New accounting requirements could mean law firms ultimately find it more difficult to borrow money.

Law firms have historically never found it so difficult to borrow money as they (and their owners) have over the last seven years.

Apart from the sector just not being as attractive to the banking sector for various reasons - interest on clients’ money, risk of firms failing and the business not generating the cash it should - other factors are now in play.

Accountants are getting blamed in advance for being a huge threat to legal firms over the next decade and whilst I believe there is plenty of space and fees available for (well-run) old and new entrants, the accountancy profession and the Financial Reporting Council’s new Financial Reporting Standard (FRS) may be about to put another spanner in the works.

FRS 102, the new standard, introduces some (mandatory) adjustments to profit, which could well be adverse and it also introduces some disclosures that may not be at all welcome.

The accounting adjustments are likely to have most impact on:

  • Goodwill – the period of amortisation cannot exceed 10 years where there is no reliable estimate, so a number of firms that recently incorporated may have a hit to profit through increased amortisation;
  • Holiday pay accrual – firms will now need to accrue for any holiday that employees have not taken at a year end. Whilst a prepayment is possible, the likely effect is negative;
  • Other accounting changes do exist as well as the profit and loss report being renamed as the income statement and balance sheet being renamed the statement of financial position.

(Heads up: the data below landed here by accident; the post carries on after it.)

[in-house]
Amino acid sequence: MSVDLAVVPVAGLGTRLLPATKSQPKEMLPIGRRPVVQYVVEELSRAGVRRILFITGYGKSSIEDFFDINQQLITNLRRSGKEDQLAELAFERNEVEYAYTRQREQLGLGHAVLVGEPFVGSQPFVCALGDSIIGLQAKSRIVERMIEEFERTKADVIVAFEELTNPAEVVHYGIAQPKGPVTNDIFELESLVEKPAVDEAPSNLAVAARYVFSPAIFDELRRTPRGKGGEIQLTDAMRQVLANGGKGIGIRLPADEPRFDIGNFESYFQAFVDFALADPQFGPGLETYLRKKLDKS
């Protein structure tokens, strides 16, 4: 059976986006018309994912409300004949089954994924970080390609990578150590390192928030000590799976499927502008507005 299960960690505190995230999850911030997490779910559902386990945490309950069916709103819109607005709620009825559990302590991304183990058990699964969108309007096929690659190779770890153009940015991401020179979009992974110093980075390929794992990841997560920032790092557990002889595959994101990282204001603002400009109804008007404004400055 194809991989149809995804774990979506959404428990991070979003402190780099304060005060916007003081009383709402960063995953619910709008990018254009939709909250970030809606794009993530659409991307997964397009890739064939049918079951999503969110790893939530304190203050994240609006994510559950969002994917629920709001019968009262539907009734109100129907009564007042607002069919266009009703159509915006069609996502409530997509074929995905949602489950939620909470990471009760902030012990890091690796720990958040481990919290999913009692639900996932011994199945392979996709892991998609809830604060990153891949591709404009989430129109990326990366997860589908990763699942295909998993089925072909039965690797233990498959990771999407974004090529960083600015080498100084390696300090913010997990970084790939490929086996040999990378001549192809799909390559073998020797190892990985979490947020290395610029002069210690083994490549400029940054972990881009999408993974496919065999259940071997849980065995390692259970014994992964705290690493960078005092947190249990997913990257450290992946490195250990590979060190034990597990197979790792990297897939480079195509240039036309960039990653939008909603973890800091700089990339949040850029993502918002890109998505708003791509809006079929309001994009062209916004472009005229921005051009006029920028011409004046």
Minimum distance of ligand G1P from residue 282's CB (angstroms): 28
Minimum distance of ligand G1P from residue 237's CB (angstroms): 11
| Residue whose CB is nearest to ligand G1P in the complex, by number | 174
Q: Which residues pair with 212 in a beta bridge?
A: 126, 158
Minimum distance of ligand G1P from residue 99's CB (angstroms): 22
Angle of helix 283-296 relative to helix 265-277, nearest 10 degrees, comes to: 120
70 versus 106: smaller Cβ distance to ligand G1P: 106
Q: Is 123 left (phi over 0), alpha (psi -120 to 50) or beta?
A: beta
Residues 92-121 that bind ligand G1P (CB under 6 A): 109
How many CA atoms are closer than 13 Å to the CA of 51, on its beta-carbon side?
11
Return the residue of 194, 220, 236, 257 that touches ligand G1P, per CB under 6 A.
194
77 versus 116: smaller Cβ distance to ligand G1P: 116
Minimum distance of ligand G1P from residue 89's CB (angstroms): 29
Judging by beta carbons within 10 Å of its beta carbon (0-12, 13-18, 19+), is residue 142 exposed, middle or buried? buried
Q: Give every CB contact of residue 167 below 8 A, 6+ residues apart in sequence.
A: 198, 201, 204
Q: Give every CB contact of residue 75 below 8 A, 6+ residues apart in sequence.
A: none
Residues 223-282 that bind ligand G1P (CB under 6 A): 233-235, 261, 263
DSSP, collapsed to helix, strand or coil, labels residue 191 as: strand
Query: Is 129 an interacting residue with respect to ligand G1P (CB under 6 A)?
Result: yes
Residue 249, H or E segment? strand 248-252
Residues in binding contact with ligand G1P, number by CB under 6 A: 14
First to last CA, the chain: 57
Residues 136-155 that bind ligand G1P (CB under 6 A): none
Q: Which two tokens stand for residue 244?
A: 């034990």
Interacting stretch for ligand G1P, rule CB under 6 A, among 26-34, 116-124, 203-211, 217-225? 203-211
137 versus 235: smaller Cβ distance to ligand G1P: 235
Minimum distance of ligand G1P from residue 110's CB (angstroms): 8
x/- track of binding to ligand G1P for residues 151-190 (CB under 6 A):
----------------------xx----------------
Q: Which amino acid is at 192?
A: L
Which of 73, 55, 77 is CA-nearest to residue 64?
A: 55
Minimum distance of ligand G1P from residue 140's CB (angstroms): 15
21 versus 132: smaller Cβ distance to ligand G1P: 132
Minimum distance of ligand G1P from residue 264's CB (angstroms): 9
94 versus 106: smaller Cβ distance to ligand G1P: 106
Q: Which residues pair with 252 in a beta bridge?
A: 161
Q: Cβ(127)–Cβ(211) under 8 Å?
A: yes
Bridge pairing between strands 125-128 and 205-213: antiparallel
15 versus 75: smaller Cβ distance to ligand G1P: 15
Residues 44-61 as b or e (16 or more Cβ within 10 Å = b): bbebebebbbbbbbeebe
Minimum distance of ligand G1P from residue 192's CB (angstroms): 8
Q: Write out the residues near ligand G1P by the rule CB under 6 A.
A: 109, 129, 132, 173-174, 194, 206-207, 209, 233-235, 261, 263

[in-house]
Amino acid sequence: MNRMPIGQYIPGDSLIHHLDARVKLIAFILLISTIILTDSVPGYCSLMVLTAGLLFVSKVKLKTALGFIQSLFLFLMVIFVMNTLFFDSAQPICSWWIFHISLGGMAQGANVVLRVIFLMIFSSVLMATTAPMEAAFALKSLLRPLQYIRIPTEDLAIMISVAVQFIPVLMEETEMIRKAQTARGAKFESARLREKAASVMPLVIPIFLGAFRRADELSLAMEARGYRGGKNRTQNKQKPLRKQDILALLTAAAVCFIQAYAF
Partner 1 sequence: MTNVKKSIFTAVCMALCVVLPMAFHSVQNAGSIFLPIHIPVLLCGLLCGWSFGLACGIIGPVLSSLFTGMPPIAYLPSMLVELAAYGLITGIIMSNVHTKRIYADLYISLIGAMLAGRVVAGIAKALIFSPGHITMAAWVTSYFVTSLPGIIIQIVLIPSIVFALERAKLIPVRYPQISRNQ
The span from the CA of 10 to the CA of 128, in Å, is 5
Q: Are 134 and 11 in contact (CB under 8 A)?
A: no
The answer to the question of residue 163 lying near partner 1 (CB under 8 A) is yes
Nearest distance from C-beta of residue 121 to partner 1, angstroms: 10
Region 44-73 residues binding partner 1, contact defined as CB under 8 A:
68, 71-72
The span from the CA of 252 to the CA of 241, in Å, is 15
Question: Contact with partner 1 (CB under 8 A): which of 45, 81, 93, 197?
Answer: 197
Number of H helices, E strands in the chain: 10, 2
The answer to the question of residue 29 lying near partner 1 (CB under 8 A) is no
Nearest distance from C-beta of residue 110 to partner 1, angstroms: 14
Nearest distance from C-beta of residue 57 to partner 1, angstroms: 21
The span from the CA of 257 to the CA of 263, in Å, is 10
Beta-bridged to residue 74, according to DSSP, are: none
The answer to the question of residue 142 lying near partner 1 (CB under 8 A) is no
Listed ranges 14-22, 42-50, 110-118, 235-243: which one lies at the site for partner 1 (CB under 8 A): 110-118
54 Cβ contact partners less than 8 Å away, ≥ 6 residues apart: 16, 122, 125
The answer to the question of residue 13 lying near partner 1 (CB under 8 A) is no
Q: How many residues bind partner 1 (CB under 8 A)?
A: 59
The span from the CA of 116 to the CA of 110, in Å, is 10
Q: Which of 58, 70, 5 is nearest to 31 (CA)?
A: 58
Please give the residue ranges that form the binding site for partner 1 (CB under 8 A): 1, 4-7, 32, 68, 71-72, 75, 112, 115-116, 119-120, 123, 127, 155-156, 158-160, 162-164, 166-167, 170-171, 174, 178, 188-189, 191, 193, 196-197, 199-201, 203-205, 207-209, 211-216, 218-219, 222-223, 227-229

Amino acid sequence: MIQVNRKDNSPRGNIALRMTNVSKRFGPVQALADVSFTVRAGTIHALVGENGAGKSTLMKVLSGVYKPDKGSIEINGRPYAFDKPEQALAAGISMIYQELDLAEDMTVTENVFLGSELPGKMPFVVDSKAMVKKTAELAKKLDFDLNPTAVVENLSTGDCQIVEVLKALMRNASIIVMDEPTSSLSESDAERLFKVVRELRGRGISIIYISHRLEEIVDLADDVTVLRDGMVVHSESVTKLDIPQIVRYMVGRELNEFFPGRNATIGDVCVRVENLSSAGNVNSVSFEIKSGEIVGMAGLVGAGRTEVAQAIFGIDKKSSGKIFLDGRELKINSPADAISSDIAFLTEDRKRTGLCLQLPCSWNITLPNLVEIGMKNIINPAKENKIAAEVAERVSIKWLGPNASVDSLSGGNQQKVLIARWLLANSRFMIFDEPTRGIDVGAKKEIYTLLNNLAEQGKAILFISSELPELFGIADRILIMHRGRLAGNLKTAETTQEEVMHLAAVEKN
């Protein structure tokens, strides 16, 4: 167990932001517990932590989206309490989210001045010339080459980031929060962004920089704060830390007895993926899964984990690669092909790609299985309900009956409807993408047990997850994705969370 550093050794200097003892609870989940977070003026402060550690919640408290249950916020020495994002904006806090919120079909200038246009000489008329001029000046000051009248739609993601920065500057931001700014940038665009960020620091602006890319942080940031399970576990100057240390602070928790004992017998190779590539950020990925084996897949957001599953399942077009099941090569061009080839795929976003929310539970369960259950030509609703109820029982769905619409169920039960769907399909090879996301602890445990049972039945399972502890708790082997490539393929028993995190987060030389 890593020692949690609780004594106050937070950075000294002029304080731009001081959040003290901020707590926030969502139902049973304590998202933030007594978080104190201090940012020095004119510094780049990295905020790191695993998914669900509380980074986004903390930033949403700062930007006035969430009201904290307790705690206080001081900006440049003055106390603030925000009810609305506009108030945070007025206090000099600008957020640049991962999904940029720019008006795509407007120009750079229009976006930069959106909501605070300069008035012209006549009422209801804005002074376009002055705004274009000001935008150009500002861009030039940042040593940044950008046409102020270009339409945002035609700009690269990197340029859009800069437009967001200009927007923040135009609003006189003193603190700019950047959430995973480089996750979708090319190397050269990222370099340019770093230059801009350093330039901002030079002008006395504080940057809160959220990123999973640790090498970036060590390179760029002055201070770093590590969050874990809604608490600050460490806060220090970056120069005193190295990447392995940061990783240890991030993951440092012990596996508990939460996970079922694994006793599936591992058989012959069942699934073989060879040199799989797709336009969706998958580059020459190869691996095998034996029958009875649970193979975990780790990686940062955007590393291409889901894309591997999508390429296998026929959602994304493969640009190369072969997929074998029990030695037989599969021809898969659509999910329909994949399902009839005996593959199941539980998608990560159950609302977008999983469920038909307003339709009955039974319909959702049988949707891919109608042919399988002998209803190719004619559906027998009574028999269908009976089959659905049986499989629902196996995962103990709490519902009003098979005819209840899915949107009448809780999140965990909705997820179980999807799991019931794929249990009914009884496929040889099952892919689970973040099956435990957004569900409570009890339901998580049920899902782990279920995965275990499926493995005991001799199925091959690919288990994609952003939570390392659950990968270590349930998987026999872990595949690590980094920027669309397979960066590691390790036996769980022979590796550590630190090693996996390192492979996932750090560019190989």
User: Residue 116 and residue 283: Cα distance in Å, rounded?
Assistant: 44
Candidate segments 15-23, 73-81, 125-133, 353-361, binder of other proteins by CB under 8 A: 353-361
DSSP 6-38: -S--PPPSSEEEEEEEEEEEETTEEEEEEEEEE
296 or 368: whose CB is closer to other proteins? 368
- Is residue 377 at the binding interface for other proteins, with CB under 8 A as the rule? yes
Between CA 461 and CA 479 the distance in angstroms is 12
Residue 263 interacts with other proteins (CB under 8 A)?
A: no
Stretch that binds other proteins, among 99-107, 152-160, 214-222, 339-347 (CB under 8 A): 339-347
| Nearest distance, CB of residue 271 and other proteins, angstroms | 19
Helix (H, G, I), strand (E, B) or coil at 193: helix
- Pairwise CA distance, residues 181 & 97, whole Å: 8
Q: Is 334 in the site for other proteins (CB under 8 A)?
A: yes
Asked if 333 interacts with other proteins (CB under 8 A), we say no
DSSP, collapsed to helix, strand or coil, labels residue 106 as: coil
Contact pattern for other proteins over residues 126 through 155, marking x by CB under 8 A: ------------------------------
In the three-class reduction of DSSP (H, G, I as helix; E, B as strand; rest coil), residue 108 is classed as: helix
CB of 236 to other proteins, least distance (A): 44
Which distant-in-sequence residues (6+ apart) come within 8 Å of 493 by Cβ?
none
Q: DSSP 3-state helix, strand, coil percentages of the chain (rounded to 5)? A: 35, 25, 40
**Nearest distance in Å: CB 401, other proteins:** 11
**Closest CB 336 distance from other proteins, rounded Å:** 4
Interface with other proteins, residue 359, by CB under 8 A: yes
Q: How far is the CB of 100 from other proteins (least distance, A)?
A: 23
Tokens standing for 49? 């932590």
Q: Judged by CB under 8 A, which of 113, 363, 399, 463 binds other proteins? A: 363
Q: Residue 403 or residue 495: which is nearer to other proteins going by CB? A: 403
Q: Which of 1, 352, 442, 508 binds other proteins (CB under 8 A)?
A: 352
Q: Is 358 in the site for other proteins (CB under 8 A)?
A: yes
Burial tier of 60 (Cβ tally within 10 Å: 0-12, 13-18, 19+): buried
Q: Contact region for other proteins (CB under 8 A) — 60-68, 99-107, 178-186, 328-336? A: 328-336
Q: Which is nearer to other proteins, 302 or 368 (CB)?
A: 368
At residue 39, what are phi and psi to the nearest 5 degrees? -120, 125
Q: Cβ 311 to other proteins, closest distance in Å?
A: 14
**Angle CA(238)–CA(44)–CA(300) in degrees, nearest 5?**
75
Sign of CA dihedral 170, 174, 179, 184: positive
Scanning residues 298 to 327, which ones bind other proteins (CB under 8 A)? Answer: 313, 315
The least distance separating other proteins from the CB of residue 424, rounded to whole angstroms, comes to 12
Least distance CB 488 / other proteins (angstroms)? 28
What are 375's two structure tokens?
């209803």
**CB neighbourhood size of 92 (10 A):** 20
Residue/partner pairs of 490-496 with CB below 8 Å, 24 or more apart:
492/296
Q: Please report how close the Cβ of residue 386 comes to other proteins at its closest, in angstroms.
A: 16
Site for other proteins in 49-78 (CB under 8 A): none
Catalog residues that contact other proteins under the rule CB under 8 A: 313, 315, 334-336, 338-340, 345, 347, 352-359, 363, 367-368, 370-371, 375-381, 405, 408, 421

My main concern, though, is that when the legal firm is in default or breach of a loan or borrowing facility covenant (existing or caused by some of the FRS 102 changes) at the reporting date, the accounts of the entity will be required to disclose:

  • Details of that breach or default;
  • The carrying amount of the related loans payable at the reporting date; and
  • Whether the breach or default was remedied, or the terms of the loans payable were renegotiated, before the financial statements were authorised for issue.

My belief is that this would be entirely unwelcome for many legal firms. This very public announcement at Companies House would likely lead to a negative score with credit ratings agencies and loss of appetite from potential future lenders generally.

Prospective clients and recruits may also not look at this favourably. Competitors, and perhaps even the legal press, may refer to these breaches or defaults.

A very public announcement at Companies House would likely lead to a negative score with credit ratings agencies

Those monitoring covenants at law firms therefore have potentially only a couple of months before the upcoming year ends (basically affecting 31 December 2015 year-end onwards) to put their house in order to avoid this unwelcome accounts disclosure.

In some instances it may be worth speaking to your bank and having the covenants reviewed/revised to perhaps reflect a more appropriate scenario.

For example, if you are required to supply management accounts within one month of a quarter-end but never supply before six weeks, then ask for an adjustment to two months. Also, if the covenants contain a profit definition, consider how an increased amortisation charge (as referred to above) could impact.

In summary, it is worth locating your facility, loan agreements, documents and performing a health check to ensure you are compliant. Or you risk those defaults/breaches being announced for all to see.

Peter Noyce is head of professional servies at Menzies LLP